By Ashlee Larrison
GCU News Bureau
Most Grand Canyon University students who experience Move-In want to pay it forward by volunteering. It’s an experience that can be transformational — just ask Makenzie Powers.
“When I was a freshman, going through the line of cars and things, I was particularly shy,” Powers said. “My mom was loving it and I was like, ‘Oh, whoa, I’m not sure about this.’ But as soon as somebody came up to my window and was like, ‘Hey, this is where you’re living, let me take you up here,’ I was like, ‘OK, this is awesome,’ and they conversed with me and I immediately felt like I had a friend on campus.
“My freshman experience was very impacted by the community that GCU provides. … It was the workers at Welcome Week that all kind of made the experience for me. Just seeing that changed me from coming into it with more of a negative, pessimistic attitude. I want to be that person for somebody else.”
Arie McQuaig III, Bria Meeks, Adrianna Tosi and Tyrale Luken saw Move-In as a chance to get involved on campus and show their school spirit in an exciting, energetic way.
“This is my first time doing this and I love it,” Luken said. “I forgot to turn on my alarm, but these people got me up and got me going and I’m really feeling it.”
Despite the early start to her day, Tosi agreed that the high energy of Move-In kept her from feeling tired.
“It’s nice to be this excited this early,” Tosi said.
Meeks, who is both a resident assistant and an orientation leader, said she was “pumped” to make the experience as exciting as she could for the freshmen.
Aubrey Krezmien also was seeing the Move-In scene for the first time, but for a different reason: She’s a freshman. Because she’s in the Thundering Heard Pep Band, she already was on campus, so she joined other band members in helping her classmates.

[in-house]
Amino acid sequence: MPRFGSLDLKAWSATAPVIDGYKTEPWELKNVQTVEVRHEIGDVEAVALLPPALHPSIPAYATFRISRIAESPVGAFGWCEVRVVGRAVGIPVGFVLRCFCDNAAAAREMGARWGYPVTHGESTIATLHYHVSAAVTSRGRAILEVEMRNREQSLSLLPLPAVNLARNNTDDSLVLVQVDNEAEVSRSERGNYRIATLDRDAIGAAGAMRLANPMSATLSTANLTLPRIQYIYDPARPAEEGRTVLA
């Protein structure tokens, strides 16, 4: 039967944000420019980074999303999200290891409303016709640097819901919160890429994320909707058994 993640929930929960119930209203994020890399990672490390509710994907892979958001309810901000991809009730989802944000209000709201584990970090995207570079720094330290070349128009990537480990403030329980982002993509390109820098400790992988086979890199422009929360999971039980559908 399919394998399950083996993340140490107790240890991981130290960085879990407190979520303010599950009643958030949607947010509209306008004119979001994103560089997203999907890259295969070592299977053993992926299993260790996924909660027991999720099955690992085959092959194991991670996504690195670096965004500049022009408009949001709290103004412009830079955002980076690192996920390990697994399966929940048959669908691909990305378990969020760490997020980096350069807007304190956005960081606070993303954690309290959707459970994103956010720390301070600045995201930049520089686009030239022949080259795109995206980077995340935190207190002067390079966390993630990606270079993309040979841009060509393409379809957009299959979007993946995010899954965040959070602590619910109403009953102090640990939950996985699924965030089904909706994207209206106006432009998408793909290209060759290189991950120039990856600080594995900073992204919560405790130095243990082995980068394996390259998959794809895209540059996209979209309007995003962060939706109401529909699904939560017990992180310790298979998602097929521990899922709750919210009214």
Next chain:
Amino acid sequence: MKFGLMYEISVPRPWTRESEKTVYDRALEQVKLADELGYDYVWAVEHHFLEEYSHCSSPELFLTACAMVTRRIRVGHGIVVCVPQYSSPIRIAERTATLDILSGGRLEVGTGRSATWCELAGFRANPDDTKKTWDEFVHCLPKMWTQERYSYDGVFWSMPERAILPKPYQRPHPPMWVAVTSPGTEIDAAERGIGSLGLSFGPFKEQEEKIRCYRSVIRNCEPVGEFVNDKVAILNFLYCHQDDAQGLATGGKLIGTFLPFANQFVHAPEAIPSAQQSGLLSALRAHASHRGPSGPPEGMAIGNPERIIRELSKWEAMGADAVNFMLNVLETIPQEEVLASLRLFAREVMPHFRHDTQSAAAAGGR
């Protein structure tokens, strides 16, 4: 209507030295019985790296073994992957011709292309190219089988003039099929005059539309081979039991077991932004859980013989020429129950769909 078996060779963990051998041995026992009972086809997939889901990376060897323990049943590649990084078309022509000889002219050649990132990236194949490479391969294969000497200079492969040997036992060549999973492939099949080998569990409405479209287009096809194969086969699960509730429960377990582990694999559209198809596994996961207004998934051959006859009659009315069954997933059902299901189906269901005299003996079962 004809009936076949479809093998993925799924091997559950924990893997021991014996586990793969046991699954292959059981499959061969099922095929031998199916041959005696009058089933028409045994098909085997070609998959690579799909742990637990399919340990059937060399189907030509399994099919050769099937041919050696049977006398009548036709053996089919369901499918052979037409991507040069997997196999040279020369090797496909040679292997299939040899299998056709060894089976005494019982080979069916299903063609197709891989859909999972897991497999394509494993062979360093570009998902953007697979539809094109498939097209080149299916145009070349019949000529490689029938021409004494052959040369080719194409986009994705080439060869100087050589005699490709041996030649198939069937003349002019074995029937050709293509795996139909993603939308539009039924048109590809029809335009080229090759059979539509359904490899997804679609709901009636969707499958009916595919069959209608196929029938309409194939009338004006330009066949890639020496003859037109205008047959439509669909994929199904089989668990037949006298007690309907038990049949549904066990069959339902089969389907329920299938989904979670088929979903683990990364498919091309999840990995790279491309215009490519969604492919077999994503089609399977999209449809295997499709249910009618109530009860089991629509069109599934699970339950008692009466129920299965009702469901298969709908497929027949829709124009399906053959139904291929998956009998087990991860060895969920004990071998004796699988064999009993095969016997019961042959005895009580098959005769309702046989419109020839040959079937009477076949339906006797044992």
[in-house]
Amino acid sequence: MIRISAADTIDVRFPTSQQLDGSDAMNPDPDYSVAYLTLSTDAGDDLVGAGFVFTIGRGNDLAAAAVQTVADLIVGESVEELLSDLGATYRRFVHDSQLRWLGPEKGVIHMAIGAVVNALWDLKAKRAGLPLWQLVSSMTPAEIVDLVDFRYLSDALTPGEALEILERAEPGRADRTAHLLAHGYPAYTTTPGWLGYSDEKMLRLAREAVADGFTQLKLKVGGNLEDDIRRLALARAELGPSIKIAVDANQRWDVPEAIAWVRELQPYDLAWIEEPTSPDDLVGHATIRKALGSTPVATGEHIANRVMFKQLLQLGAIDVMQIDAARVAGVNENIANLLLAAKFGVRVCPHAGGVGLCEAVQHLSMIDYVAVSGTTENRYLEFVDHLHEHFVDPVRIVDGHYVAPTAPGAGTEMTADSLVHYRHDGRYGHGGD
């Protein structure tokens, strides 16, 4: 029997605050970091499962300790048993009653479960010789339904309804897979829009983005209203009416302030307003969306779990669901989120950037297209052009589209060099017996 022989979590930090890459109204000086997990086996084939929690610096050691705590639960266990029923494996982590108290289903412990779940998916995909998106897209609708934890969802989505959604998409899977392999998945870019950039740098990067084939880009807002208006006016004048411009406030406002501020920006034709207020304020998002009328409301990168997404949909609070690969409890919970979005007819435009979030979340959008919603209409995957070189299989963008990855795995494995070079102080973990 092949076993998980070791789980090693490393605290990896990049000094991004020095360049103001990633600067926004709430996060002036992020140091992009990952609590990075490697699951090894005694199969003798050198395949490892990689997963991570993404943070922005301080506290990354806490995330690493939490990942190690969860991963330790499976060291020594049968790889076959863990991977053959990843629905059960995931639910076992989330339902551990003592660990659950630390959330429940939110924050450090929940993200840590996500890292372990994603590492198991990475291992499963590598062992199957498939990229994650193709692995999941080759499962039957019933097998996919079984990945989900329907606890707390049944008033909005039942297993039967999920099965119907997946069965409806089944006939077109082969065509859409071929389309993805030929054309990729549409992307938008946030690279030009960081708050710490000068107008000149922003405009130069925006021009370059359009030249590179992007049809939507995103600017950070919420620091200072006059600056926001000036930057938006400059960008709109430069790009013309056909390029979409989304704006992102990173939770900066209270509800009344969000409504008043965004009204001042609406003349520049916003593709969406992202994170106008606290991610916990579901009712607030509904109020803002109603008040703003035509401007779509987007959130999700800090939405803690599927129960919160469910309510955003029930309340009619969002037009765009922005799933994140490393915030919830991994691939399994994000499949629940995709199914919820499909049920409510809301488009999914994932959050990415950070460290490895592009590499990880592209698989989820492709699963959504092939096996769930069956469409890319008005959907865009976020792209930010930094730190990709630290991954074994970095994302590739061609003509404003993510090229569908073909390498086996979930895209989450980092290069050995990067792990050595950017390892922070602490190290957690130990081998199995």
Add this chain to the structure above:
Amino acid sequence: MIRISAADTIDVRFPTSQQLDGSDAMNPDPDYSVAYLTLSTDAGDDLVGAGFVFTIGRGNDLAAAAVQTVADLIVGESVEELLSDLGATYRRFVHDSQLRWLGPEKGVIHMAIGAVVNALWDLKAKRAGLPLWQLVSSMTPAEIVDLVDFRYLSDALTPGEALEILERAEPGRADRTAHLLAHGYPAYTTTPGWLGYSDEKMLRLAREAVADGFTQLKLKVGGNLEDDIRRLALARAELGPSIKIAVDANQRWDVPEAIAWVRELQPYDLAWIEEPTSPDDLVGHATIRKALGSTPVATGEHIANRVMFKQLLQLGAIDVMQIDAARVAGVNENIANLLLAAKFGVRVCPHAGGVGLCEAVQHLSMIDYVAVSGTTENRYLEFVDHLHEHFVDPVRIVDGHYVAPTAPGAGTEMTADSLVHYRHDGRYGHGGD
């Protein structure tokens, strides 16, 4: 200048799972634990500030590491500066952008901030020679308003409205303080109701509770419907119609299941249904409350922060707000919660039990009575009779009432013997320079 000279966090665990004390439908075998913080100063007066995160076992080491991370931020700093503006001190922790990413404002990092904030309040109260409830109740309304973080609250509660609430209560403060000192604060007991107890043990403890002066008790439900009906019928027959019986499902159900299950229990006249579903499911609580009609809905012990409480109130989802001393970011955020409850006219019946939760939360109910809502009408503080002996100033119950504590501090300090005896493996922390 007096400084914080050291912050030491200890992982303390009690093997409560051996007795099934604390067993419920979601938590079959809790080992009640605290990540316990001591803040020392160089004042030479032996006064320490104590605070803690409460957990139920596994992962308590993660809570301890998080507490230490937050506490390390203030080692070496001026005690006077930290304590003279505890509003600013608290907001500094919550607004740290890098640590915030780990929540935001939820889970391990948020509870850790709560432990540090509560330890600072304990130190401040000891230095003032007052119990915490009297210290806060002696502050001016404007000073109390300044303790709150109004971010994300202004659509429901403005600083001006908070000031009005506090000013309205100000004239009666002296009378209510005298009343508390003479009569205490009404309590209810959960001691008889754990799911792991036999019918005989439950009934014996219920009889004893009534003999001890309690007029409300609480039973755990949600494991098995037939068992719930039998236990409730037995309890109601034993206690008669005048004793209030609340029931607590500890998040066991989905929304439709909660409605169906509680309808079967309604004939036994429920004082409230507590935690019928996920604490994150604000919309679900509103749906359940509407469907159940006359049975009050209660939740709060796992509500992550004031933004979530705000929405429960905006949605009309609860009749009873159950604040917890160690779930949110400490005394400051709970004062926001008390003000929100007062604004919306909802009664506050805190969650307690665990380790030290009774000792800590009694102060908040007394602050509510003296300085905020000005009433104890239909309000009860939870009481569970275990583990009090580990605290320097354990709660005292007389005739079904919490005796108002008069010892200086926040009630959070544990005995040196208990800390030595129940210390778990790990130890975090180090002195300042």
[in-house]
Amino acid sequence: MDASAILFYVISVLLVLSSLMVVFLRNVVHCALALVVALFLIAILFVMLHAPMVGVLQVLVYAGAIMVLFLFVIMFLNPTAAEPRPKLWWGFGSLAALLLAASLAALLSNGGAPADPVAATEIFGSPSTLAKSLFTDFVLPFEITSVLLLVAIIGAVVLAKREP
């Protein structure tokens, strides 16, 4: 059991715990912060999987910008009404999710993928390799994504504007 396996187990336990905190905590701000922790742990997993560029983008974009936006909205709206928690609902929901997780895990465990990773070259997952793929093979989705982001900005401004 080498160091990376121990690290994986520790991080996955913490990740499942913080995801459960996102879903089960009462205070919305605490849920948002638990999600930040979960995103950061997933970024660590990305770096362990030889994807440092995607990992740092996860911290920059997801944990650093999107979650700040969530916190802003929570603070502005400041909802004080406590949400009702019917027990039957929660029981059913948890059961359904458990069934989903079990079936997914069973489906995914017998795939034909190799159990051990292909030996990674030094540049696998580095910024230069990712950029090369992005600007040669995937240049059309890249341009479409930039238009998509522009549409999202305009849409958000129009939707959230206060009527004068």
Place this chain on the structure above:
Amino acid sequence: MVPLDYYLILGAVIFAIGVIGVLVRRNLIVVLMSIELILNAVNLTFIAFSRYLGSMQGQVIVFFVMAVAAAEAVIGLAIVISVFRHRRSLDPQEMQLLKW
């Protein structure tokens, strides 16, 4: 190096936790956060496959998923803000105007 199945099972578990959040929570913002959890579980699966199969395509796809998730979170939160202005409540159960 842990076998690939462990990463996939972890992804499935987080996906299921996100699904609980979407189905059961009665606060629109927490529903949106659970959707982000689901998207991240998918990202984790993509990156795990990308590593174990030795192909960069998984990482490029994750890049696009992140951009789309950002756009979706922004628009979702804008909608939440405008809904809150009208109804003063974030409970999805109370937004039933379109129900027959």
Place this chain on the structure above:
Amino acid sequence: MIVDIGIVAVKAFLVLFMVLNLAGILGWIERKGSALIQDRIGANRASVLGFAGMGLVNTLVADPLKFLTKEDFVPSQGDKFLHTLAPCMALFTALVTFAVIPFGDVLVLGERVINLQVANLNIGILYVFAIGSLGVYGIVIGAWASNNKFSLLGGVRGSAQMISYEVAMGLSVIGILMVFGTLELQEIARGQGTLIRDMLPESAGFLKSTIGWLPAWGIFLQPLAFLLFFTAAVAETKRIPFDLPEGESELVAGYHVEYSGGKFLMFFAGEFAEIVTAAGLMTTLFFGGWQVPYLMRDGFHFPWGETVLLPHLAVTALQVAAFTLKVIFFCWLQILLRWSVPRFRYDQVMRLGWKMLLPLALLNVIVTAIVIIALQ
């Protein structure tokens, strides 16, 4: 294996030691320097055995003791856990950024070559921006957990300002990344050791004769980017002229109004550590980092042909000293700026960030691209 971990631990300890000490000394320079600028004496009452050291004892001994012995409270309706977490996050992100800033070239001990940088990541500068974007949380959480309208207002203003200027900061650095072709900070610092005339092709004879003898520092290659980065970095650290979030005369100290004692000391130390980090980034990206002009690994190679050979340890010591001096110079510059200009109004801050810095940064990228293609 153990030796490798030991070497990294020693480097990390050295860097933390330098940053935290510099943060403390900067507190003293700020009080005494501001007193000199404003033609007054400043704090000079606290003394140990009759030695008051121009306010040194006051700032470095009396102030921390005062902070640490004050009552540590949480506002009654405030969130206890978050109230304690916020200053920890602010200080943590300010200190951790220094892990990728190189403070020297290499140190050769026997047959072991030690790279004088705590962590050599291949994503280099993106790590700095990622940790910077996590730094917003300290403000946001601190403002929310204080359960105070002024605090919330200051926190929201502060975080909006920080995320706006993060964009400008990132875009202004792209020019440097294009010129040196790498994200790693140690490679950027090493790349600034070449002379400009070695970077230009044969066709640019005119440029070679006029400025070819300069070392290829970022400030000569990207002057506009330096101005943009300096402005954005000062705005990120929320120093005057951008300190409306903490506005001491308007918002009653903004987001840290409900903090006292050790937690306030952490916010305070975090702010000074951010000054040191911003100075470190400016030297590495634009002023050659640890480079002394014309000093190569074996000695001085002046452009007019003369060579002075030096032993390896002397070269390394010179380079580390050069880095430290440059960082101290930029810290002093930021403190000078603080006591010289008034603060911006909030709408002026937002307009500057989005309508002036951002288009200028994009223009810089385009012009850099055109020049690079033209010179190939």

“I’m kind of sad that I’m missing this,” Krezmien said. “But I’m glad I can make it a good experience for everybody else coming in.”
Krezmien was quite a sight: She was sporting a bunch of sticky notes on her volunteer shirt, placed there by another Thundering Heard member, Angelica Galaviz, after they had been removed from arriving cars. Krezmien hopes that by volunteering, she can help other freshmen feel more comfortable on campus.
“It’s a little daunting to see this many people out here screaming at your car,” she said, “but I hope they know we’re all here for them.”
Volunteering was sophomore Lexi Clubb‘s first exposure to what GCU’s Move-In process at The Grove looks like. “I’m glad I can be a part of it now,” she said.
Andrew Faitz and Matthew Hull said the experience was all about the thrill of welcoming new students to campus.
“It’s really exciting,” Faitz said. “Campus begins to become alive once kids start moving in.”
For Hull, it also was an opportunity to be reunited with his friends.
There’s music, there’s dancing and there’s an opportunity with every freshman to make a new friend — those are the GCU memories that keep students coming back to volunteer.
Seniors, such as McQuaig, Galaviz and Bowen Moreno, rang in their last Welcome Week as undergraduates lifting boxes and throwing their Lopes Up in the air as cars of excited families passed.
“When I first did it, I noticed instantly that I wanted to be a part of that next year for sure,” McQuaig said. “It’s my third year, and it’s always the same energy.”
Galaviz also likes meeting the families and getting them hyped up for the new school year. That’s why she called her last Welcome Week “incredible.”
Moreno, who has participated in Move-In four times, never seems to get tired of the excitement.
“It’s a very hectic and crazy experience, but I wouldn’t trade it for anything,” he said.
Contact GCU staff writer Ashlee Larrison at email@example.com or at 602-639-8488.